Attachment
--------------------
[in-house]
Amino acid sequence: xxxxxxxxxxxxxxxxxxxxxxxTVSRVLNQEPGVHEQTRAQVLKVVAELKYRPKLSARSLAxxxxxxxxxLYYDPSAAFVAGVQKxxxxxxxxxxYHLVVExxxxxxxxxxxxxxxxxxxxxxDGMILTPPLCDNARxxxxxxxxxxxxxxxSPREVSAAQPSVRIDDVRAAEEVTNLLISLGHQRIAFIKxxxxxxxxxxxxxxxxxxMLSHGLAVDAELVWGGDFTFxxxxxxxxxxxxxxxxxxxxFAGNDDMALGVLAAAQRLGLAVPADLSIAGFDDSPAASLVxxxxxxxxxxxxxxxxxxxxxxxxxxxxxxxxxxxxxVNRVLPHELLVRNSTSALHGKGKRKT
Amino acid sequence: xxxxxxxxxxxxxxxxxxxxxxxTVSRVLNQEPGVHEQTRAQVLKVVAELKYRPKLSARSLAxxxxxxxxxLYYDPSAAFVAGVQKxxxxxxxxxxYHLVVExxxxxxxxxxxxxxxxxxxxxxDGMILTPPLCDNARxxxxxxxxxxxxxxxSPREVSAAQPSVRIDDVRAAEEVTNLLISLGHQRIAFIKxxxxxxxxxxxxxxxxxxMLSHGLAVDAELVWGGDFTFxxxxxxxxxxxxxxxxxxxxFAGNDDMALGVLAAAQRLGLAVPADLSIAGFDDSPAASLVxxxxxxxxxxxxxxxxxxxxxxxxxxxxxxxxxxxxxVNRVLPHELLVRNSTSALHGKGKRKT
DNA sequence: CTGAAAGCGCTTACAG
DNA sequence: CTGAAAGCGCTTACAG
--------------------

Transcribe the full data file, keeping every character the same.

[in-house]
Amino acid sequence: xxxxxxxxxxxxxxxxxxxxxxxTVSRVLNQEPGVHEQTRAQVLKVVAELKYRPKLSARSLAxxxxxxxxxLYYDPSAAFVAGVQKxxxxxxxxxxYHLVVExxxxxxxxxxxxxxxxxxxxxxDGMILTPPLCDNARxxxxxxxxxxxxxxxSPREVSAAQPSVRIDDVRAAEEVTNLLISLGHQRIAFIKxxxxxxxxxxxxxxxxxxMLSHGLAVDAELVWGGDFTFxxxxxxxxxxxxxxxxxxxxFAGNDDMALGVLAAAQRLGLAVPADLSIAGFDDSPAASLVxxxxxxxxxxxxxxxxxxxxxxxxxxxxxxxxxxxxxVNRVLPHELLVRNSTSALHGKGKRKT
Amino acid sequence: xxxxxxxxxxxxxxxxxxxxxxxTVSRVLNQEPGVHEQTRAQVLKVVAELKYRPKLSARSLAxxxxxxxxxLYYDPSAAFVAGVQKxxxxxxxxxxYHLVVExxxxxxxxxxxxxxxxxxxxxxDGMILTPPLCDNARxxxxxxxxxxxxxxxSPREVSAAQPSVRIDDVRAAEEVTNLLISLGHQRIAFIKxxxxxxxxxxxxxxxxxxMLSHGLAVDAELVWGGDFTFxxxxxxxxxxxxxxxxxxxxFAGNDDMALGVLAAAQRLGLAVPADLSIAGFDDSPAASLVxxxxxxxxxxxxxxxxxxxxxxxxxxxxxxxxxxxxxVNRVLPHELLVRNSTSALHGKGKRKT
DNA sequence: CTGAAAGCGCTTACAG
DNA sequence: CTGAAAGCGCTTACAG